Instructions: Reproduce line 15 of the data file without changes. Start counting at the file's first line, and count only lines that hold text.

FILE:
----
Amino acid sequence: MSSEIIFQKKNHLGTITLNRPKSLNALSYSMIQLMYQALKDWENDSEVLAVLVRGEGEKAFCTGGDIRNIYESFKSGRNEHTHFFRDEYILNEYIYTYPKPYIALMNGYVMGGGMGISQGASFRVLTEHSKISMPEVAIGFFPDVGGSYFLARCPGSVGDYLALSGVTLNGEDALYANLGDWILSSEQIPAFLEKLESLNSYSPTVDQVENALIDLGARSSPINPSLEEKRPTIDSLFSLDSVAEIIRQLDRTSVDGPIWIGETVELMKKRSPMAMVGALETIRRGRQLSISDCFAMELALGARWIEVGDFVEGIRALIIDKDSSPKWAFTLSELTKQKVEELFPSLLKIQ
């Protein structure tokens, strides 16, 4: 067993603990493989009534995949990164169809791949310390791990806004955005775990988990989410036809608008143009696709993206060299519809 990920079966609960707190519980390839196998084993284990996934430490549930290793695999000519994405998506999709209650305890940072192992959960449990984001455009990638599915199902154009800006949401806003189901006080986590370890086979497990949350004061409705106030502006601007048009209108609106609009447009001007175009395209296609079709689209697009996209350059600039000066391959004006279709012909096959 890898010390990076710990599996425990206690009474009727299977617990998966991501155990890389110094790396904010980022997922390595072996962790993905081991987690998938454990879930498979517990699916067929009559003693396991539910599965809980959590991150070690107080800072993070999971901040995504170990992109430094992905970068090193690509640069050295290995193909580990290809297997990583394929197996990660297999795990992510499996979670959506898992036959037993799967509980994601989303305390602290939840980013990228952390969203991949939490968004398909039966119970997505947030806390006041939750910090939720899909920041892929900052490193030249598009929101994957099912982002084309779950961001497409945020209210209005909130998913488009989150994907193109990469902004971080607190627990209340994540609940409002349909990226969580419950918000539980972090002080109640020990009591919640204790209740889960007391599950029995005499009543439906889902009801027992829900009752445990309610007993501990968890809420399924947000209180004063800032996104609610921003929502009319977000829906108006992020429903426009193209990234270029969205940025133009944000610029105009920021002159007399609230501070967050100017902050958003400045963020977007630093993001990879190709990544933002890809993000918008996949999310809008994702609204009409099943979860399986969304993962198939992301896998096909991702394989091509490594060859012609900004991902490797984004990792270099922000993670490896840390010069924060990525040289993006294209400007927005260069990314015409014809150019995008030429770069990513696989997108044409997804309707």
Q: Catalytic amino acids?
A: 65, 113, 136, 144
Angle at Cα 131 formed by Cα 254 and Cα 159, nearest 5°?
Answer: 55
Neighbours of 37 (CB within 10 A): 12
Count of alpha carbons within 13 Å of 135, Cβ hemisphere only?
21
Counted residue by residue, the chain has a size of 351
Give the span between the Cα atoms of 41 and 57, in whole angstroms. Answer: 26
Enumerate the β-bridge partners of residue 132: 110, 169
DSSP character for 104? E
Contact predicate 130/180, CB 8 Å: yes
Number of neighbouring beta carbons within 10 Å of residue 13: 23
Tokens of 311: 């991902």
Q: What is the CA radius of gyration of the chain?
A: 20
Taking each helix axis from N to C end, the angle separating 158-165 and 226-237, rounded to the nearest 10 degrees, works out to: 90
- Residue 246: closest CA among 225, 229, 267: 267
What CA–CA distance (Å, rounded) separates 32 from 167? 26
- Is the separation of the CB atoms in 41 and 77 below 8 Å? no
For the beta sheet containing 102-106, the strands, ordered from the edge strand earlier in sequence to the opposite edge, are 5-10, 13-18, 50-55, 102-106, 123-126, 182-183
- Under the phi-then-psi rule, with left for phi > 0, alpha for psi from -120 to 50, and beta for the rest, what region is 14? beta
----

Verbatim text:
Number of neighbouring beta carbons within 10 Å of residue 13: 23